Transcription – English – Deanna McLeod

09. Deanna McLeod.mp4: Video automatically transcribed by Sonix

09. Deanna McLeod.mp4: this mp4 video file was automatically transcribed by Sonix with the best speech-to-text algorithms. This transcript may contain errors.

Deanna McLeod:
Well, my name is Deanna McLeod, and I'm a medical researcher. I'm the founder of a firm called Kaleidoscope Strategic. And we're a medical research firm that does guideline development and makes recommendations. We basically work with specialists to evaluate clinical data related to making recommendations in a giving setting. So our firm has been around since 2000 and we've worked with hundreds of specialists in Canada and we've prepared over 40 peer reviewed publications on guidelines. So we are experts in sorting through data, evaluating data, considering the data in context to see what is a good treatment and what's not a good treatment. And there's a very specific process that you go through when you're doing that type of a thing. And since our our firm's expertise is in cancer research and so we have an eye to safety. So whenever you're dealing with cancer, people are already very sick and there's a lot of extensive research that goes into safety data. And so we always come to the data with a special eye for safety. Now my particular background is an immunology and psychology. I studied at McMaster University, which is kind of the home of evidence based medicine. I actually went on to work ten years in pharma, so I've done medical marketing and sales work in pharmaceutical companies, again specializing in the field of oncology. And in 2000, after about a decade of working within pharma, I felt concerned with what I perceive to be a desire to skew information in favor of a vaccine.

Deanna McLeod:
I'm going to say vaccine or a particular agent. So what they would do is they have a way of of minimizing safety issues and emphasizing benefit. And so our team has become very skilled over the years at identifying the ways that they do this. In the medical literature, we always have an opportunity of calling that out and indicate showing that that's the case whenever we're doing an evaluation. And so what I'd like to do today is to walk you through my evaluation of the data for children and COVID vaccine. So let's just move along. So when you're working on any any type of treatment, you really need to answer three questions. The first one is, do they need them? The next one is, do they work in? The final one is are they safe? And whenever you're evaluating a treatment, you basically stop when you get a no to any one of these answers. So the first question, of course, is do they need them? If the answer is no, then you stop. It's a no go. You don't proceed forward with that treatment. And if they did get it to market because sometimes Health Canada will approve things, you don't use it. The recommendation is negative because there's no need and usually that product falls by the wayside. The second one is, do they work? And if they don't work, then you don't use them. It's a no go.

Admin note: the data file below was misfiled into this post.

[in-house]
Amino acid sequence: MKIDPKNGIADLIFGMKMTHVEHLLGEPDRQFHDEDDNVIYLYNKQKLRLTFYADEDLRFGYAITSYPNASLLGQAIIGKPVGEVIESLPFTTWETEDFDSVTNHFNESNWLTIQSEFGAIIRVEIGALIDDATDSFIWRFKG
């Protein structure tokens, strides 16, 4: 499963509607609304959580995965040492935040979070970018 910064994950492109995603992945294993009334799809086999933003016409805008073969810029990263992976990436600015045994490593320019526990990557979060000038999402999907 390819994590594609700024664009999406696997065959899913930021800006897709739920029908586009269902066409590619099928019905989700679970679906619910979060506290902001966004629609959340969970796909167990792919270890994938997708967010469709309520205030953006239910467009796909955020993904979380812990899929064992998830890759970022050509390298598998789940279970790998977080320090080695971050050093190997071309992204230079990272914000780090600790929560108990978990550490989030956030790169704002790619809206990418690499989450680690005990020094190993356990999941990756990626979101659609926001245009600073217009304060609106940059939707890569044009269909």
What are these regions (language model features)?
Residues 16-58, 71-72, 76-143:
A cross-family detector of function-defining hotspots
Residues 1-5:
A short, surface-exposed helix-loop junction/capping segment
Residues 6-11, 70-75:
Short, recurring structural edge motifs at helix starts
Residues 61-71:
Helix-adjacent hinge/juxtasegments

Deanna McLeod:
The final one is, are they safe? And whenever we're talking about children, that one is particularly close to my heart because they have many, many years ahead of them. So I think that one of the concerns that I have in evaluating this and whenever we're discussing the COVID 19 genetic vaccines, is that everybody is coming from the mindset that these are actually traditional vaccines and they are not. Whenever we're thinking about kids, you know, there's pediatric vaccination schedules. And some of these have been the greatest breakthroughs in medicine. They've they've played a role in eradicating many childhood illnesses. And they I think the one thing that we have to remember is that it's an altogether different agent completely. And one of the things that we do when we're starting an evaluation, even before we get to the clinical questions, is you ask yourself, what's the mode of action? How are these things working? And does it make logical sense that this would work? And that's usually the questions that you ask before you even go into clinical trials. So in this particular case, pediatric vaccines in the past, really what they have done is they've altered the virus, so it no longer causes sickness and then they're tested for decades to ensure that they're safe for use in children before they're they before they come out to market. The other thing is that they often remain localized and they produce strong, long lasting immunity.

Deanna McLeod:
So this is something that lasts for a lifetime and as a result, the child's protected from disease, and they can go about their daily activities without a fear of getting ill. So this is the context that we're coming from and that's how those vaccines work. And by and I'm just going to step out of my research role and I'm going to talk about marketing. Pharmaceutical companies were very crafty in their marketing of these vaccines because. What they did is they by calling these genetic agents this genetic material a vaccine, they basically allowed the public to take on the idea that this is just like other vaccines and it is altogether a different type of a thing, although they did say that it's an mRNA vaccine. The moment that you hear the word vaccine, then you actually think, Oh, it's just like what I know. And vaccines are always good and vaccines keep children safe. And so we're all approaching this data with this bias. You know, one of the things that we did look into was, you know, what you do is there's something called a pre marketing campaign when you're going to launch a product. So they had a pre pre marketing campaign for the launch of these vaccines. Interestingly enough, our government spent, I think it was $50 million highlighting the fact that there was a need for these things and that these were these were actually vaccines and just setting setting the whole tone.